Following our Top 5 series, we wanted to change things up a bit and talk about some of the animals that pose the biggest threat in South Africa. We hope this blog makes for an interesting read – and we thought before you start it was probably worth mentioning again that all of our projects are run with the utmost care at all times, so you needn’t worry too much about the below!

Weighing up to 1,500kg, complete with a large arsenal of teeth and the ability to travel at 18mph, hippos are one animal you do not want to get on the wrong side of! Hippos can be unpredictable, especially if you get in between the adult and its young. Thankfully, attacks on humans are rare, despite hippos being considered as one of the more dangerous animals in South Africa.


The Black Mamba
This is the deadliest snake in Africa – and the largest grow up to a length of 8 feet.
They’re extremely fast, getting to speeds of up to 12mph, and have venom so potent than it can kill a dozen men within an hour. Luckily however, the anti-venom is very widely available in South Africa!

African Buffalo
People often think lions and leopards are the most dangerous of the big five, but it is often argued that it’s actually the African buffalo. This is due to their unpredictable and temperamental moods, with older males often becoming very easily aggravated.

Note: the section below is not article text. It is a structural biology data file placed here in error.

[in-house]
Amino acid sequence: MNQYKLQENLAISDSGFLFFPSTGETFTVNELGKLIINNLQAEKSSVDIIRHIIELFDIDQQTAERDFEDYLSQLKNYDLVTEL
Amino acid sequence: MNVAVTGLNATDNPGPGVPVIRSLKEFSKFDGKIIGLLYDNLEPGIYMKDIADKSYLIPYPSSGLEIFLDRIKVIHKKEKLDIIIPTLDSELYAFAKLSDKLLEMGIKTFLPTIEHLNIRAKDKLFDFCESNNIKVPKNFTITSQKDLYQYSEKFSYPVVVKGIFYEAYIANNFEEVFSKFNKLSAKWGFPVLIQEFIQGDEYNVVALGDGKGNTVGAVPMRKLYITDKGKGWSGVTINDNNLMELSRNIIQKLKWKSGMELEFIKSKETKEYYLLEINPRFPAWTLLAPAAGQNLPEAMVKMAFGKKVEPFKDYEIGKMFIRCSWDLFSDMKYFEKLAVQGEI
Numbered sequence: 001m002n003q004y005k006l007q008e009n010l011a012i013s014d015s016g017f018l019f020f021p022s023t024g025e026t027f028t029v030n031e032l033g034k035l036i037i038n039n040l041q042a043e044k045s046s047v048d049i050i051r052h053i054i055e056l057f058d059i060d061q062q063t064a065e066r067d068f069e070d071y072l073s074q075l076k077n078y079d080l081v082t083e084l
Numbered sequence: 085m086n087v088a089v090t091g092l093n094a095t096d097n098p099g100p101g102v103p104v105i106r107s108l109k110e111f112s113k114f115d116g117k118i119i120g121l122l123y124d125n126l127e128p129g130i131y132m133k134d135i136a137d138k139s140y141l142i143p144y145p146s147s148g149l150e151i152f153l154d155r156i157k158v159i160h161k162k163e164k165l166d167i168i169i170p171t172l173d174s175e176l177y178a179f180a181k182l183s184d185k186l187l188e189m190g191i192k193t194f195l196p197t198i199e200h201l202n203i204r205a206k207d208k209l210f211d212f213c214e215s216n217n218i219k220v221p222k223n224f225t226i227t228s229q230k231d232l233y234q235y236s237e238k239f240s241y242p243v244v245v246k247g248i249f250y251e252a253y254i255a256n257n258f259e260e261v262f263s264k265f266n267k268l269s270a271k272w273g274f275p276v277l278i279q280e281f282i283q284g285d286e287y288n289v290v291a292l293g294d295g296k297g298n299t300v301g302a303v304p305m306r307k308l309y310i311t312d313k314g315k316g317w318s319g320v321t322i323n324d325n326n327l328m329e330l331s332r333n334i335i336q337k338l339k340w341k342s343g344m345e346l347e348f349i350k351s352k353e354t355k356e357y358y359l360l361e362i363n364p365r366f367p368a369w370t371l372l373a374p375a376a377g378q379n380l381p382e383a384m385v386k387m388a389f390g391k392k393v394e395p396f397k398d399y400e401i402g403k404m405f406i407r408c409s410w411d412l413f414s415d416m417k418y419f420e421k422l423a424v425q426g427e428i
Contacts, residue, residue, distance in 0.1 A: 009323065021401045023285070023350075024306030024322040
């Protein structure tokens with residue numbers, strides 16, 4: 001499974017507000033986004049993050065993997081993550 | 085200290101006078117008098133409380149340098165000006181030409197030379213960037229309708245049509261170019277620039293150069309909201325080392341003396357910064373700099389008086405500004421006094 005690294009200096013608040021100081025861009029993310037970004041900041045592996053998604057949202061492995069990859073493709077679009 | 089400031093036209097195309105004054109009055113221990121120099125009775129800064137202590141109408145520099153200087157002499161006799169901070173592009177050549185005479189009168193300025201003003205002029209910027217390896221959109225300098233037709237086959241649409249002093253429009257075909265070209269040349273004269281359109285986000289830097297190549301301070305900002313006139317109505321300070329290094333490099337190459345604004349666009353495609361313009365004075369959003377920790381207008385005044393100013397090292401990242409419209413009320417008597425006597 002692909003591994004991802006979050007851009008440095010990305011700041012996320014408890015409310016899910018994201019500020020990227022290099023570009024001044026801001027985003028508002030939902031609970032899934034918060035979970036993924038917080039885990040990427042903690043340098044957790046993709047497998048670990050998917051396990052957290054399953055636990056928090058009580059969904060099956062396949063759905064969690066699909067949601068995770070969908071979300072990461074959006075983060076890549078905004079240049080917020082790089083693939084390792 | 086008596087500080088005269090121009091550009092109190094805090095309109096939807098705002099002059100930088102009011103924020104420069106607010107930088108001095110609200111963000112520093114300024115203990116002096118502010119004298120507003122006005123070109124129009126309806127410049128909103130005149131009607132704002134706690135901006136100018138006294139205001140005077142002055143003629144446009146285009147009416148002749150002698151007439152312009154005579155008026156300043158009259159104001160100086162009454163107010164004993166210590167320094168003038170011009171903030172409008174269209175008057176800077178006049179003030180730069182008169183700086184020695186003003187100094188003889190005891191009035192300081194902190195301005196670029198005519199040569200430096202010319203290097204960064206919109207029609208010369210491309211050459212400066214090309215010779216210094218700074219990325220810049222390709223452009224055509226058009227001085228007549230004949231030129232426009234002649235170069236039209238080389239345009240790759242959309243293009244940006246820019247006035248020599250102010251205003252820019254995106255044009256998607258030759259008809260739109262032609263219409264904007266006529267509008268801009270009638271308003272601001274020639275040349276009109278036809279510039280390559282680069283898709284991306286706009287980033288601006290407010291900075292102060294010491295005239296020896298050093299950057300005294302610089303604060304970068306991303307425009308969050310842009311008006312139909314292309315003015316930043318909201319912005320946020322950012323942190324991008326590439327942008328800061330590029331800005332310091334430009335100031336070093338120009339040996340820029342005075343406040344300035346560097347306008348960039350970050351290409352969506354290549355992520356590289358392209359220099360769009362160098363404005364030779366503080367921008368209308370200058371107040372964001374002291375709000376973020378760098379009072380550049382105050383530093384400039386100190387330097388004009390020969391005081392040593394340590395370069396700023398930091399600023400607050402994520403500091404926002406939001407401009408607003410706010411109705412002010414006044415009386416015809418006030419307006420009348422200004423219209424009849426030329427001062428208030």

Puff Adder
This certainly isn’t a list for those with ophidiophobia (in plain English – a fear of snakes!) Our second snake on the list, the puff adder, is thought to be one of South Africa’s deadliest creatures due to its aggressive nature – not to mention its needle like teeth and powerful venom!

This is the smallest animal on this list, but certainly the most dangerous to the people of South Africa. The biggest threat mosquitoes carry is the well-known Malaria virus, caused by parasites that female Anopheles pick up on by feeding on infected humans. It’s always highly recommended to get antimalarial medication prior to travelling to countries with a risk of malaria, to ensure you are protected before arrival.

Make sure you keep an eye out for the next instalment of our Top 5 blog series (it’s very different to this one!) – coming soon. In the meantime, why not get in touch about any queries you may have about our projects?